Verified by Psychology Today

On Mr. Roboto’s Couch – Will Machines Become Our Counselors? Part I

Is it possible to design a machine to provide therapy?

Once there were robots...

When I was growing up in the 70s, I was glued to Isaac Asimov's science fiction books and fascinated by the philosophy surrounding the robots' man-made psychology. Asimov's stories reflects a time where people were fascinated by machines, and envisioned technology as something visible and tangible: hardware. The zenith of such technological accomplishments would therefore have to be machines that are not only intelligent, conscious and experience feelings and emotions. They would also have to be human-looking and walk on two feet. Kind of like Data from Star Trek or Mr. Roboto from the Styx musical.

The new software robots...

The reason we don't see green tin cans hopping around us and serving us drinks is that reality took a slightly different turn. The advances of Artificial Intelligence during the 80s and 90s took place alongside a sharp shift in technology from dedicated machines into general purpose computers. Computers are "empty" and perform whatever functions are programmed into them using software. This revolution resulted in the creation of invisible, formless robots or "bots": software implementing mathematical and statistical methods that run silently on distant servers, and affect our daily lives without walking around making R2D2 sounds.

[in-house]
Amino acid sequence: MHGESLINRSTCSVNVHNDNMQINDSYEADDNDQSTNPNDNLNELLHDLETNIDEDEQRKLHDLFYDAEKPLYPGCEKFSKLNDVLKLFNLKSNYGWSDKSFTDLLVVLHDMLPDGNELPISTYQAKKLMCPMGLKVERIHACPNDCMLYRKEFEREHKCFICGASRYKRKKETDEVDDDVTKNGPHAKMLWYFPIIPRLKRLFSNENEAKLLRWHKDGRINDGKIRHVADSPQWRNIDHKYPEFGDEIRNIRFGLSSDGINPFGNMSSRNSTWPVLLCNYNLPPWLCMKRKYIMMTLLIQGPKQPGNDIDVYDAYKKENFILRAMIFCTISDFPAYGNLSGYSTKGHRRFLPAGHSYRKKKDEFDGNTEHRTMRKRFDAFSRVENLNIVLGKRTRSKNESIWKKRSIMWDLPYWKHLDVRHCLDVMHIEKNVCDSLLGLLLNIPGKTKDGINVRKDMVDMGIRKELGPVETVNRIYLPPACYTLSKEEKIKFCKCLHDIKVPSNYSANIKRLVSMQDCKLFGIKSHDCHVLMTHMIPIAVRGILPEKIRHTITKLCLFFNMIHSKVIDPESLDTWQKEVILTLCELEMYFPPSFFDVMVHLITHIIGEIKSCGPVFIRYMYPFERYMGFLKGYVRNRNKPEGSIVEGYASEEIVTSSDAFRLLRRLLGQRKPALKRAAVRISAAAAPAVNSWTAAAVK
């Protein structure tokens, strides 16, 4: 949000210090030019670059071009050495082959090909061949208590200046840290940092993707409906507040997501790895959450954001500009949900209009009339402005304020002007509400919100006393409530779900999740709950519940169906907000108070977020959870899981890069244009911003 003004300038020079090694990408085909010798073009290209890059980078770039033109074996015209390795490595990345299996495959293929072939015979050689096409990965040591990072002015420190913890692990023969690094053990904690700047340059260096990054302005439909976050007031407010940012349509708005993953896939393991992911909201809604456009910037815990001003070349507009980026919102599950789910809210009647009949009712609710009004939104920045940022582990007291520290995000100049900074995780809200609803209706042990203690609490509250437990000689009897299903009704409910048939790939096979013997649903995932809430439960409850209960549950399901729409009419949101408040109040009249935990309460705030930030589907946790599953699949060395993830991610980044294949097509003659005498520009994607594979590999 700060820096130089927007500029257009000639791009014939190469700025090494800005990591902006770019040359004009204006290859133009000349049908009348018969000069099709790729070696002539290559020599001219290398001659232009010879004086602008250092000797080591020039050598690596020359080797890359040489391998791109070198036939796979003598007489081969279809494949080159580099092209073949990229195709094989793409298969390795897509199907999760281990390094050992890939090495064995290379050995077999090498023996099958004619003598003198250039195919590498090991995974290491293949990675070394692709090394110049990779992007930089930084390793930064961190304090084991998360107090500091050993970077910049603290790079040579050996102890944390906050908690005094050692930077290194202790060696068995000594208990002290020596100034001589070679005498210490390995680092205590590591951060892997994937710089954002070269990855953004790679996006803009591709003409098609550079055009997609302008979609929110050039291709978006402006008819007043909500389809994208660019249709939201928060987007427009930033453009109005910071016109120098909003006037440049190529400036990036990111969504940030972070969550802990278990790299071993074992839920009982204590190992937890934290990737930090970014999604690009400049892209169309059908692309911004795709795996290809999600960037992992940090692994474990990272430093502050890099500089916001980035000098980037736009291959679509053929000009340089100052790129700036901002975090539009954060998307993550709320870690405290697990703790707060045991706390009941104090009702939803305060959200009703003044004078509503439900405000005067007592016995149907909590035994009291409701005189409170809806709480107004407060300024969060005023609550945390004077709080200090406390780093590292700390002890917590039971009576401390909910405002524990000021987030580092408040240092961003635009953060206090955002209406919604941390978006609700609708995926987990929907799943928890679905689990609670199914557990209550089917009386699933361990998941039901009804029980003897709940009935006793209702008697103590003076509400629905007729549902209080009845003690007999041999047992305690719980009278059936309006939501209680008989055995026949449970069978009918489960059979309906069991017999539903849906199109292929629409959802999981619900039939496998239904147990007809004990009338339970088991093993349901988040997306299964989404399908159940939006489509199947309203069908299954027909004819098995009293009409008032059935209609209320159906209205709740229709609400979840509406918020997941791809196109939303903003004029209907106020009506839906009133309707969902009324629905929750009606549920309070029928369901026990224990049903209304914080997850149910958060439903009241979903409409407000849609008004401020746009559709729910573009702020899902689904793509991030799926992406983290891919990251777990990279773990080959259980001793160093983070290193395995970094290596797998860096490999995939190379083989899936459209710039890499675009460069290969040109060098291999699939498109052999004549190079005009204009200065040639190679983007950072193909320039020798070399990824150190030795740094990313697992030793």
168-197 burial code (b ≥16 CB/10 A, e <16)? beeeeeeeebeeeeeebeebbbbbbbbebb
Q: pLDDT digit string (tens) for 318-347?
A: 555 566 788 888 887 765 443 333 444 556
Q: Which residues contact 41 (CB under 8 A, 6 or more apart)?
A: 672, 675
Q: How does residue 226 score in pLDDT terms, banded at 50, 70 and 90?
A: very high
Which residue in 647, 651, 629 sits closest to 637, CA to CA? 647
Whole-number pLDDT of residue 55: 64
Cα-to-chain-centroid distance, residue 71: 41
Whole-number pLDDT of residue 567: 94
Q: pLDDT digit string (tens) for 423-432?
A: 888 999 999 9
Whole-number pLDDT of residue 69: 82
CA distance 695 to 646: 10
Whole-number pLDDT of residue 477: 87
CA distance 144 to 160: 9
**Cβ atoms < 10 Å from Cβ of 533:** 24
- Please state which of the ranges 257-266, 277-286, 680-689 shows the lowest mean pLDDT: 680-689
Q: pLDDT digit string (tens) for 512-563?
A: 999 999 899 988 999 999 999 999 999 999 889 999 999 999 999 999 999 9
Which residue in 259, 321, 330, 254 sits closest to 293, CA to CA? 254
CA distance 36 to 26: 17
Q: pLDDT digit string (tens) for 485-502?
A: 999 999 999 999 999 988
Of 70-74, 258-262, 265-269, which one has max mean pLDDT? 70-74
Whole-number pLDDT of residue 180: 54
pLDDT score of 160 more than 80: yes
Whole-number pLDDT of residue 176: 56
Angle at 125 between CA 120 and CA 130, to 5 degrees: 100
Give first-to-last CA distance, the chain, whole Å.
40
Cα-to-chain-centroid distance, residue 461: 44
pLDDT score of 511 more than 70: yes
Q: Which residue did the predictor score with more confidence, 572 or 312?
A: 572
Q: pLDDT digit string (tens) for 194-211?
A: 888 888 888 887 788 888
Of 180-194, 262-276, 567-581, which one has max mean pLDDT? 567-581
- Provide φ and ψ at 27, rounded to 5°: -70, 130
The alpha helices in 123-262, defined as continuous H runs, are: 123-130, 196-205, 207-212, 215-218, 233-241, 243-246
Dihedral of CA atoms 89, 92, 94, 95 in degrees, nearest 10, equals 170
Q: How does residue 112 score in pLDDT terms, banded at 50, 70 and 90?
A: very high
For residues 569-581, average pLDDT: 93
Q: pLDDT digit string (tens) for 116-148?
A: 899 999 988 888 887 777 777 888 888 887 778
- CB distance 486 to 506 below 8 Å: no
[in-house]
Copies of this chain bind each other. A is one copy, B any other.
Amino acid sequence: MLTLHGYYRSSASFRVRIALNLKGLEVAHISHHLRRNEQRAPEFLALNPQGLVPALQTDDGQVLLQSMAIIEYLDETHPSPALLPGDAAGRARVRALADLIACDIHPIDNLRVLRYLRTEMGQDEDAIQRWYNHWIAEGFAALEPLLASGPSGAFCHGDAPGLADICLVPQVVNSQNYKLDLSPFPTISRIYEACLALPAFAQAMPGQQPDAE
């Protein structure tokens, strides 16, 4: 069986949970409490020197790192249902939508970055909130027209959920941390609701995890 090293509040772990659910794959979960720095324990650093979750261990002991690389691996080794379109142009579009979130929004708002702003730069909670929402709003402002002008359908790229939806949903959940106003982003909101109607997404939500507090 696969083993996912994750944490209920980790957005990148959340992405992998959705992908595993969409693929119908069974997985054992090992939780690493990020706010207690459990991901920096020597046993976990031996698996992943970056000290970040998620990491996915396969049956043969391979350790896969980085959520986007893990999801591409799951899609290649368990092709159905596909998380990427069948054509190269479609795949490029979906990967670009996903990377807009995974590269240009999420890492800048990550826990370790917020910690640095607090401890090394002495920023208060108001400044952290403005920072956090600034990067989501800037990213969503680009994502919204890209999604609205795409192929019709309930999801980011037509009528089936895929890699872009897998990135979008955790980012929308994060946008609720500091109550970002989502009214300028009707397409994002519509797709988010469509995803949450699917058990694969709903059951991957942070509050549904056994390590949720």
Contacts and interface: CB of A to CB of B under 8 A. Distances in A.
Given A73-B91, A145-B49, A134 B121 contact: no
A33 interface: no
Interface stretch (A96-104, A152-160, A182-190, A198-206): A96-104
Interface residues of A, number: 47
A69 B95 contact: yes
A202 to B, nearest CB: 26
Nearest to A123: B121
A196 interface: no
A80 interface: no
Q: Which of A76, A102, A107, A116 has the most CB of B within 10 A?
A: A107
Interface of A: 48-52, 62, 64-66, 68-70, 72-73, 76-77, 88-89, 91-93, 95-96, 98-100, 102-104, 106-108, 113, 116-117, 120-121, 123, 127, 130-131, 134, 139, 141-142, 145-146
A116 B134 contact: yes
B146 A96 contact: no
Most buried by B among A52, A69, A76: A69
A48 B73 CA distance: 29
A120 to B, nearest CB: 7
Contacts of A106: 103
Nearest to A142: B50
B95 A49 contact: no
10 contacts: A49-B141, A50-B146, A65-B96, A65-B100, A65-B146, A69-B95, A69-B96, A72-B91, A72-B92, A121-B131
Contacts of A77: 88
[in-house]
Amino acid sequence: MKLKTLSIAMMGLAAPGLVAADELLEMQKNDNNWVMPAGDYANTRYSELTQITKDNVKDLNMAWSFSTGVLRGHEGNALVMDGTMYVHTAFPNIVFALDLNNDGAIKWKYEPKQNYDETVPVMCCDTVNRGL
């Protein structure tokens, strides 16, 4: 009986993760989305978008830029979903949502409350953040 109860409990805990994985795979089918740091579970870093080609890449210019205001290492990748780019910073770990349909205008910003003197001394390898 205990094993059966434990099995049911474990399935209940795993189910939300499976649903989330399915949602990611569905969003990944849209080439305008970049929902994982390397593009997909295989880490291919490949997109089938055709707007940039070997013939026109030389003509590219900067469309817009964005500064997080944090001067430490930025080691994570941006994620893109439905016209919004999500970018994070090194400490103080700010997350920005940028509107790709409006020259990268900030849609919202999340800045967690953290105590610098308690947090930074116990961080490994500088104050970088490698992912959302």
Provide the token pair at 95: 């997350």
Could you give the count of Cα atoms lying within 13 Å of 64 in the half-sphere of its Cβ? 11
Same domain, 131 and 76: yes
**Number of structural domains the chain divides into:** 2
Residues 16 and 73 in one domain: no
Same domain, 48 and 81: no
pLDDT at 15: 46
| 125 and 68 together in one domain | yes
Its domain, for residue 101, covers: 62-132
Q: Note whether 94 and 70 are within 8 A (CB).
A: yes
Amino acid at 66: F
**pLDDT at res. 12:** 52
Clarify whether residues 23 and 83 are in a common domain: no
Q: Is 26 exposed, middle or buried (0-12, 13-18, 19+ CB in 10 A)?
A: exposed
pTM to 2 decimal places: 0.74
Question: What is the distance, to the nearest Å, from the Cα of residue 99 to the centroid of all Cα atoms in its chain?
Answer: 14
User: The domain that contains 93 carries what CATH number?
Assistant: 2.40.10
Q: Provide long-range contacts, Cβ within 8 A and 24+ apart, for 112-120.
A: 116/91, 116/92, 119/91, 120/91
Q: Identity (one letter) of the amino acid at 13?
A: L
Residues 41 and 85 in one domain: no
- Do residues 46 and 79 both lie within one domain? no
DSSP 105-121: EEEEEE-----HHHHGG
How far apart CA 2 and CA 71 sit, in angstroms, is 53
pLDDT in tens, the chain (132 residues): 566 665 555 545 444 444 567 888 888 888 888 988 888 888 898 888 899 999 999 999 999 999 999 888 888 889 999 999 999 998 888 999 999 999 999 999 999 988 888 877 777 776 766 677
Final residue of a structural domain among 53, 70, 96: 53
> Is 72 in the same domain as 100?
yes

But robots do serve us all the time...

Still, it's a machine suggesting to us what we should buy (Amazon), what we should listen to (Pandora,, and who we should marry (eHarmony, So - is it possible to design a machine to provide life advice and perhaps even therapy? Well - it already is happening.

Part II of this post will describe some of these online tools. In the meantime, please comment and share your thoughts. Do you think machines can provide useful and actionable advice to humans?

More from Ran Zilca
More from Psychology Today
Most Popular

Get the help you need from a therapist near you–a FREE service from Psychology Today.